Baseball’s Jake Fishman drafted into MLB

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Jake Fishman makes a pitch in a regional playoff game against Ramapo University, during which he struck out 12 players. Courtesy of Union Athletics
Jake Fishman makes a pitch in a regional playoff game against Ramapo University, during which he struck out 12 players. Courtesy of Union Athletics

On June 11, former men’s baseball star Jake Fishman became the first player ever from Union to be selected in Major League Baseball’s Amateur Draft.

George Haas Jr. ’47 was the first Union baseball player to reach affiliated minor league ball, but he predates the MLB’s amateur draft, which was not launched until 1965. Fishman’s selection, which came in the 30th round, marked a historic moment for Union Athletics.

“It’s just an unbelievable feeling. This makes me incredibly happy,” Fishman said back in June. “I believe this puts Union baseball on the map and draws attention to our college and program.”

Head Baseball Coach Paul Mound echoed Fishman’s sentiment when I spoke to him last week: “Interest grows when someone gets drafted, especially out of a high-academic Division III school. I’ve been inundated with recruiting opportunities this fall.” Fishman was just one of 20 Division III ballplayers to be selected in this past June’s draft, which spanned 40 rounds in total.

Fishman forewent his last season of eligibility at Union, but does intend on finishing his undergraduate degree. The Sharon, Massachusetts, native’s main reason for leaving Union a year early was simple: leverage. As a senior entering the draft, Fishman would’ve had no leverage at the negotiation table with any team that drafted him. As a junior, he had the option, or threat, of returning to Union and re-entering the draft in 2017.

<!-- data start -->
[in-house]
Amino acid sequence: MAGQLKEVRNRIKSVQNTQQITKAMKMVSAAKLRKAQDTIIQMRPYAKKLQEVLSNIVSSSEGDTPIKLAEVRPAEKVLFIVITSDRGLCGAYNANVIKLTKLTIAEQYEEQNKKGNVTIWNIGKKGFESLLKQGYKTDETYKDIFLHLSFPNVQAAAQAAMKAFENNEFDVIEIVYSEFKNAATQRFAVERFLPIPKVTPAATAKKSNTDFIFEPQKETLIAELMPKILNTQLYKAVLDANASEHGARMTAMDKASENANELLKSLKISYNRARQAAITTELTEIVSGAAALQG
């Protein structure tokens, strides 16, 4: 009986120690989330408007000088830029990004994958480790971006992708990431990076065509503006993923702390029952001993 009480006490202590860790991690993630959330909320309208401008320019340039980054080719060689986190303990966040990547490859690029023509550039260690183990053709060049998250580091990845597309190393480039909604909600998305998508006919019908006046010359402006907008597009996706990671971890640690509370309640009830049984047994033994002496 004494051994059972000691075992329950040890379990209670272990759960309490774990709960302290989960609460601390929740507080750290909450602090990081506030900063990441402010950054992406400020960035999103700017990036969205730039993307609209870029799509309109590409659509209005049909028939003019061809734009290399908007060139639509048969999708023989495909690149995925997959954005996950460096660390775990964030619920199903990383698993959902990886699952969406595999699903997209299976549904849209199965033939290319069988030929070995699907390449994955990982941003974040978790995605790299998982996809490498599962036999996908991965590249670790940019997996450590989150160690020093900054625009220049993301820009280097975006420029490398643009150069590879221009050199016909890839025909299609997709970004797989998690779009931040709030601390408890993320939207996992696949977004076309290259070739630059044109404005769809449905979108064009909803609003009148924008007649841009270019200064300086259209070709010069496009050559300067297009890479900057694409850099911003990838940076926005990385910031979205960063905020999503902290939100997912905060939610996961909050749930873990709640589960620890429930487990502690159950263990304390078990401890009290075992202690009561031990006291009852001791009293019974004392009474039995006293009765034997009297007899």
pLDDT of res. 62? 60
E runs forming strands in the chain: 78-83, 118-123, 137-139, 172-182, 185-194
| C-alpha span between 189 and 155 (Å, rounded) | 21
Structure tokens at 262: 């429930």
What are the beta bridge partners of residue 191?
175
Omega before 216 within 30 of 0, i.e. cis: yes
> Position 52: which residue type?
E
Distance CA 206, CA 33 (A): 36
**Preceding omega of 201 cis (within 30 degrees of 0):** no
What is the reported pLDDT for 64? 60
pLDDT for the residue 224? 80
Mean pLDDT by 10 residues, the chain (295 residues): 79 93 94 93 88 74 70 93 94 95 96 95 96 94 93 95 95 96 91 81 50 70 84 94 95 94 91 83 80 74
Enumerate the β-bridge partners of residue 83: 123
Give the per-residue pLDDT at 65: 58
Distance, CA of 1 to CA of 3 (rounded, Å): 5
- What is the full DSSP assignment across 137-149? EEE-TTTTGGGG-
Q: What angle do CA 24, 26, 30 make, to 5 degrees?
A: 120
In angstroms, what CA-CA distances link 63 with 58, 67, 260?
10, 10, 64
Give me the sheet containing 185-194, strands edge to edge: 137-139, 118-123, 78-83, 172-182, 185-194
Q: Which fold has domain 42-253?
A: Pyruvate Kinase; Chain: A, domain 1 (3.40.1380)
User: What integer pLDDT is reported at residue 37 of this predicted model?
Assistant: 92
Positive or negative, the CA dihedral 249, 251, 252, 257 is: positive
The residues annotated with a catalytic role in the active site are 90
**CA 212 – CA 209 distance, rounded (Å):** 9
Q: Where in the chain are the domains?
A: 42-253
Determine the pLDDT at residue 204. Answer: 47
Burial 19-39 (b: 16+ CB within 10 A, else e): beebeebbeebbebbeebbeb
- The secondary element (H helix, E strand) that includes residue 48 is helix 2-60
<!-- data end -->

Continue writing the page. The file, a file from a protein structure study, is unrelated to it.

Ultimately, the Blue Jays met his demands, which included $50,000 on top of the payment for his senior year tuition, around $65,000. The Blue Jay minor leaguer was a managerial economics major and digital media minor while at Union, but said, “At this point I’m gonna try and go as far as I can in professional baseball.”

Coach Mound credited Fishman’s work ethic, drive to become better and passion for the game together as reasons beyond pure talent as to why the lefty has enjoyed all of this success.

Fishman’s fastball sits in the low 90s, but perhaps his best weapon is his windup. “He’s got a deceptive motion,” Mound said, “that’s one of the things that makes him very, very effective.” The 2016 Midseason Golden Spikes Award Watchlist candidate’s unique delivery makes him appear as if he is throwing from nearly three feet closer to the plate than the standard 60 feet 6 inches, according to Mound.

That combined with a lot of late run and sink on his fastball helped Fishman accrue a 0.41 ERA in 2016, the lowest in any division of NCAA Baseball that year. Despite his dominance in the Liberty League last spring, the transition was, expectedly, not always smooth for the former Dutchman southpaw.

“The days are much longer than what you’re used to. The DIII lifestyle, you’re more of a student-athlete than if you’re in Division I,” Fishman said. “Down here you’re playing baseball from the moment you wake up until basically the sun goes on. It’s a long day.”

On top of that, the demographics for Fishman’s new team are like nothing he had ever experienced before.

“Basically 75 percent of my team was Latin players,” Fishman said. “I had to bring out the Spanish that I learned in high school. It’s a very different culture and one that was completely new to me.” This difficult transition was reflected on the stat-sheet and Fishman got rocked in his first few appearances.

“My first few appearances I just couldn’t figure it out. The hitters were completely different,” Fishman said. “I kind of had to reevaluate my approach. I changed a couple mechanical things and then my last three appearances it was like I was a different pitcher.”

Ultimately, the 2016 draftee was able to lower his ERA to 4.80 by the end of the season, racking up 13 strikeouts to just four walks and surrendering but one home run in 15 innings of work.

Coach Mound believes the former Dutchman’s best chance to make it to the Major Leagues will be as a lefty-specialist out of the bullpen, but was quick not to dismiss Fishman’s chances as a starting pitcher at the big-league level.

“He’s flown the Union flag very well,” Mound said.

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